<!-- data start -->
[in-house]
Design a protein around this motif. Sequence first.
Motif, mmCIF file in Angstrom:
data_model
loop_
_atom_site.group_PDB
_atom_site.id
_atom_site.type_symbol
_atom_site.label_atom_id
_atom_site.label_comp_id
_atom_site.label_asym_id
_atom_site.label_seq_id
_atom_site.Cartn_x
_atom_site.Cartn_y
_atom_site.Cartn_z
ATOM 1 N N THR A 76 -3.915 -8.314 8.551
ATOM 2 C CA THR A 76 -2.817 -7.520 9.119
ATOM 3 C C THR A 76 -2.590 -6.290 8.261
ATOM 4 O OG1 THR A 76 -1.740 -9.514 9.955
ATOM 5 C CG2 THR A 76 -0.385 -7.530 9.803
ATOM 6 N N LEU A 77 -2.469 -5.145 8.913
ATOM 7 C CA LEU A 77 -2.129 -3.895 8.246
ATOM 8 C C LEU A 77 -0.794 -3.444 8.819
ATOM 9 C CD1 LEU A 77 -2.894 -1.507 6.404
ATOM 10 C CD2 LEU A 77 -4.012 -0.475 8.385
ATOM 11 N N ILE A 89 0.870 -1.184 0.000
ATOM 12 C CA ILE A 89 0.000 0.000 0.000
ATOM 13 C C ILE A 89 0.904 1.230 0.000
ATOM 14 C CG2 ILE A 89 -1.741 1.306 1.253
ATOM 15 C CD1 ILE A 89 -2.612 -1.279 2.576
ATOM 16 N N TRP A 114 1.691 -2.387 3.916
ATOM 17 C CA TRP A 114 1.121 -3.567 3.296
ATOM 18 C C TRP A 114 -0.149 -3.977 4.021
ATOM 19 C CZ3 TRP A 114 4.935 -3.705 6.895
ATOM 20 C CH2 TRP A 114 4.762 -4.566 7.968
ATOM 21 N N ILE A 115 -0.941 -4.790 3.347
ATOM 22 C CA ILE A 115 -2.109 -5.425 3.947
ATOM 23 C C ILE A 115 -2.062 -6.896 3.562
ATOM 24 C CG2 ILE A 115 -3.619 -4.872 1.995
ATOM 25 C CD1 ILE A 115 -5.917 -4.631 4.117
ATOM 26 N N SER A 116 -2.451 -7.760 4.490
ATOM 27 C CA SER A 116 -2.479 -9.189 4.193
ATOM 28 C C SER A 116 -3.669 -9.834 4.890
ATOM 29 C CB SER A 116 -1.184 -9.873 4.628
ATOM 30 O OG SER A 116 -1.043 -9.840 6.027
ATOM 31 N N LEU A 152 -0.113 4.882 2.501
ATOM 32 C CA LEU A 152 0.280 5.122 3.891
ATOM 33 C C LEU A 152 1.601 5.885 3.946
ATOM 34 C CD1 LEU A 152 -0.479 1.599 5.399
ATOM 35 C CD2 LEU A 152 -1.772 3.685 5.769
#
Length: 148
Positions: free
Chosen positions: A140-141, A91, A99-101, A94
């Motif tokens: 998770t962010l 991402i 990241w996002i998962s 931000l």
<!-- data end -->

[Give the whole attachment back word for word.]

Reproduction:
[in-house]
Design a protein around this motif. Sequence first.
Motif, mmCIF file in Angstrom:
data_model
loop_
_atom_site.group_PDB
_atom_site.id
_atom_site.type_symbol
_atom_site.label_atom_id
_atom_site.label_comp_id
_atom_site.label_asym_id
_atom_site.label_seq_id
_atom_site.Cartn_x
_atom_site.Cartn_y
_atom_site.Cartn_z
ATOM 1 N N THR A 76 -3.915 -8.314 8.551
ATOM 2 C CA THR A 76 -2.817 -7.520 9.119
ATOM 3 C C THR A 76 -2.590 -6.290 8.261
ATOM 4 O OG1 THR A 76 -1.740 -9.514 9.955
ATOM 5 C CG2 THR A 76 -0.385 -7.530 9.803
ATOM 6 N N LEU A 77 -2.469 -5.145 8.913
ATOM 7 C CA LEU A 77 -2.129 -3.895 8.246
ATOM 8 C C LEU A 77 -0.794 -3.444 8.819
ATOM 9 C CD1 LEU A 77 -2.894 -1.507 6.404
ATOM 10 C CD2 LEU A 77 -4.012 -0.475 8.385
ATOM 11 N N ILE A 89 0.870 -1.184 0.000
ATOM 12 C CA ILE A 89 0.000 0.000 0.000
ATOM 13 C C ILE A 89 0.904 1.230 0.000
ATOM 14 C CG2 ILE A 89 -1.741 1.306 1.253
ATOM 15 C CD1 ILE A 89 -2.612 -1.279 2.576
ATOM 16 N N TRP A 114 1.691 -2.387 3.916
ATOM 17 C CA TRP A 114 1.121 -3.567 3.296
ATOM 18 C C TRP A 114 -0.149 -3.977 4.021
ATOM 19 C CZ3 TRP A 114 4.935 -3.705 6.895
ATOM 20 C CH2 TRP A 114 4.762 -4.566 7.968
ATOM 21 N N ILE A 115 -0.941 -4.790 3.347
ATOM 22 C CA ILE A 115 -2.109 -5.425 3.947
ATOM 23 C C ILE A 115 -2.062 -6.896 3.562
ATOM 24 C CG2 ILE A 115 -3.619 -4.872 1.995
ATOM 25 C CD1 ILE A 115 -5.917 -4.631 4.117
ATOM 26 N N SER A 116 -2.451 -7.760 4.490
ATOM 27 C CA SER A 116 -2.479 -9.189 4.193
ATOM 28 C C SER A 116 -3.669 -9.834 4.890
ATOM 29 C CB SER A 116 -1.184 -9.873 4.628
ATOM 30 O OG SER A 116 -1.043 -9.840 6.027
ATOM 31 N N LEU A 152 -0.113 4.882 2.501
ATOM 32 C CA LEU A 152 0.280 5.122 3.891
ATOM 33 C C LEU A 152 1.601 5.885 3.946
ATOM 34 C CD1 LEU A 152 -0.479 1.599 5.399
ATOM 35 C CD2 LEU A 152 -1.772 3.685 5.769
#
Length: 148
Positions: free
Chosen positions: A140-141, A91, A99-101, A94
């Motif tokens: 998770t962010l 991402i 990241w996002i998962s 931000l």